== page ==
Minerals Ownership Plus Legal Facilitation Of Financing/ Operation Of Mining And Energy Infrastructure In Botswana

by Golekanye G. Rabasha.

Jan 17, 2023


This brief discusses the ownership of minerals and legal provisions in sector legislation that are meant to facilitate the carrying out of mining operations as well as energy infrastructure construction and operation in Botswana. Both activities are capital-intensive projects

Pre-authorization ownership of minerals

It is helpful to appreciate the history of ownership of minerals in Botswana, as it is slightly different from some countries like South Africa where minerals have not been completely “nationalized”. Ownership can conveniently be discussed under two periods, pre-independence and post-independence.

Pre-independence period

Botswana gained independence, and self-rule, from Britain in 1966. More thorough research can confirm better. But we surmise that in pre-independence, mineral rights were held: (i) in so-called tribal territories by tribes, through their Chiefs; and (ii) in freehold lands, by the holders/owners of the lands. For instance, land in the Tati District was vested in the Tati Concessions Ltd under the Tati Concessions Land Act, Chapter 32:05 of the Laws of Botswana. Section 6 of the Act provides that the right to all minerals and precious stones in the Tati District is reserved for the Tati Concessions Limited. However, independence ushered a complete change.

Post-independence period
Around July 1967 various Chiefs entered into agreements with the State, represented by the President, by which they transferred all mineral rights in their tribal territories to the State. The agreements’ transfers were given legislative effects by the Mineral Rights in Tribal Territories Act. The Act, which entered force on the 29th of September 1967, transferred to the State mineral rights in seven (7) tribal territories. The Act transferred mineral rights in the balance of tribal territories. In freehold lands, mineral Rights were also ultimately abandoned in favour of the State through notarial deeds of abandonment of mineral rights. It seems that the landowners were “arm-twisted” through effective means. For instance, the Mineral Rights Tax Act of October 1972, imposed a “prohibitive” tax regime for even unascertained minerals. The Act provided that, effective the 1st July 1972, mineral rights holders (freehold landowners) were to pay an annual tax for their mineral rights. Hence, possibly landowners found it better to give up their mineral rights. But to be sure if minerals in a freehold land is not owned by the land owner (current or previous) one has to consult individual title deeds and related instruments.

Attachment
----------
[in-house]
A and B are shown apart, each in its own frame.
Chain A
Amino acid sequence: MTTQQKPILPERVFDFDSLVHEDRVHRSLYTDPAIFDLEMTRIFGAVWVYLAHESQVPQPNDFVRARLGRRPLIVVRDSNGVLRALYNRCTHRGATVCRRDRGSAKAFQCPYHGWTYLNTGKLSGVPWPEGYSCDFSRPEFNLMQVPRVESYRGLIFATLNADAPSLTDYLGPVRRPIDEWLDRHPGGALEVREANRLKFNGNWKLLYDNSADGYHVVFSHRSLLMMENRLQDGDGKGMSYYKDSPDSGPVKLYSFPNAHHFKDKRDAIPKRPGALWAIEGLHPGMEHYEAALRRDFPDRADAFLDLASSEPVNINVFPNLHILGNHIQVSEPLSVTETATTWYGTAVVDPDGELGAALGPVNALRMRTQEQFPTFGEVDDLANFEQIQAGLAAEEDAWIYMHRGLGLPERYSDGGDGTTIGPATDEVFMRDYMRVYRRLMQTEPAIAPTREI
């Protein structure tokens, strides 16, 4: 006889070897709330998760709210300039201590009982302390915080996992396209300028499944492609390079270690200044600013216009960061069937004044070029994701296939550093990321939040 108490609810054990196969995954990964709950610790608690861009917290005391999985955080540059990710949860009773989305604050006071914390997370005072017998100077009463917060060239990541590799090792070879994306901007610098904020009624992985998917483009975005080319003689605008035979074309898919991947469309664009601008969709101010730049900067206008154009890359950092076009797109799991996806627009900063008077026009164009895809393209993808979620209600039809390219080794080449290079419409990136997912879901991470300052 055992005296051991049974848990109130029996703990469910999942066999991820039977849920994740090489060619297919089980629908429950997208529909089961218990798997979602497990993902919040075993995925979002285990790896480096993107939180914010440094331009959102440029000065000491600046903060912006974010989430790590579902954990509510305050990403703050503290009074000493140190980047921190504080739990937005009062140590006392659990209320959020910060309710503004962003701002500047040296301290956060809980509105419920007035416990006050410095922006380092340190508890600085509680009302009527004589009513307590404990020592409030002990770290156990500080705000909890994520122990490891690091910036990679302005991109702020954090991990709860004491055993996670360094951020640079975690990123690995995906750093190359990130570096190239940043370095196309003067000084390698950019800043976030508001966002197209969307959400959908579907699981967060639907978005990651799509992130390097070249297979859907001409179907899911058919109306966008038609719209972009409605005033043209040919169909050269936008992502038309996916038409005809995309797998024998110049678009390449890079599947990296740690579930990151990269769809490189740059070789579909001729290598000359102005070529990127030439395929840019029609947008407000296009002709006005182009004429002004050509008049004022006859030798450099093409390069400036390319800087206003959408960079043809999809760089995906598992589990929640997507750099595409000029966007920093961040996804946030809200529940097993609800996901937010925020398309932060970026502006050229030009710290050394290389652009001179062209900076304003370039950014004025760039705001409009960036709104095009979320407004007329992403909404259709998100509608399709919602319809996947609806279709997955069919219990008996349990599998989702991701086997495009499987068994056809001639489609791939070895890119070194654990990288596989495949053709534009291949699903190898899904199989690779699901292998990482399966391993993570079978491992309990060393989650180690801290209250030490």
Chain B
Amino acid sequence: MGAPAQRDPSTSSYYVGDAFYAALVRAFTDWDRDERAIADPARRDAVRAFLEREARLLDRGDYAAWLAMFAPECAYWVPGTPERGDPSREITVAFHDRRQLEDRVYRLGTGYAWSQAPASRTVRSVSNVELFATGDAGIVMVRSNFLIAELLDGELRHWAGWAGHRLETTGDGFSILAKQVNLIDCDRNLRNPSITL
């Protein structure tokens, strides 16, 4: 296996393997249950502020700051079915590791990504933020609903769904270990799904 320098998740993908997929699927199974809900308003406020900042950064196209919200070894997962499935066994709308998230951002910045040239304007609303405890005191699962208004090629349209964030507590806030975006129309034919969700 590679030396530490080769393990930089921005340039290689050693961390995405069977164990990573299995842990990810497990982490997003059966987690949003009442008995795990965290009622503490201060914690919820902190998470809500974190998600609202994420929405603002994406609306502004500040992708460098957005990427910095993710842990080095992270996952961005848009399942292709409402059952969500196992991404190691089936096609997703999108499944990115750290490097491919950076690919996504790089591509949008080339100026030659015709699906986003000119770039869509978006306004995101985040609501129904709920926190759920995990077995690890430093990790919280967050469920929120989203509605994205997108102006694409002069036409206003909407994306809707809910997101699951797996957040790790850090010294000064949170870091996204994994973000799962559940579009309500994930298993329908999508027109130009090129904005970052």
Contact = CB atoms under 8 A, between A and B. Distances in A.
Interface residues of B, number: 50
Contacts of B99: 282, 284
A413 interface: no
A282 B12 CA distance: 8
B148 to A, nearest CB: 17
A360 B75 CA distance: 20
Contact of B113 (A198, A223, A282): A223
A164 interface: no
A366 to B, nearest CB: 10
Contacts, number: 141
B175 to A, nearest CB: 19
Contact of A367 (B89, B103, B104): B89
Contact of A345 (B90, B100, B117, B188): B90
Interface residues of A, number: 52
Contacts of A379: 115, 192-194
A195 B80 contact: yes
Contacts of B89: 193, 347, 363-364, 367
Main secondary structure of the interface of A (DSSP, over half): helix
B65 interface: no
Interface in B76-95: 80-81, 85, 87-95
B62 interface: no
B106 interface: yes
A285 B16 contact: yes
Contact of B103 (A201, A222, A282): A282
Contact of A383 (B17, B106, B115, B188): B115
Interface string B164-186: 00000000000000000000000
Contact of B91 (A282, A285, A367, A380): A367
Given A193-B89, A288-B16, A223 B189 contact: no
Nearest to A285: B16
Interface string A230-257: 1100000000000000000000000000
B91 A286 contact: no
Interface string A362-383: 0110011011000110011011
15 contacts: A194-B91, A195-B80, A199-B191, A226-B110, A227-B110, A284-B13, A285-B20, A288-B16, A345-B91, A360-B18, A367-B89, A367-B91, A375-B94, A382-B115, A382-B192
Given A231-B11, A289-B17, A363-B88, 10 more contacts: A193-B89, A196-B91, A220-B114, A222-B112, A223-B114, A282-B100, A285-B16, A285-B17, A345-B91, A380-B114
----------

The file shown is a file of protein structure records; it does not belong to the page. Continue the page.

And the Mines and Minerals Act attempts to put ownership beyond doubt. Its section 3 provides that all mineral resources in Botswana are vested in the State.

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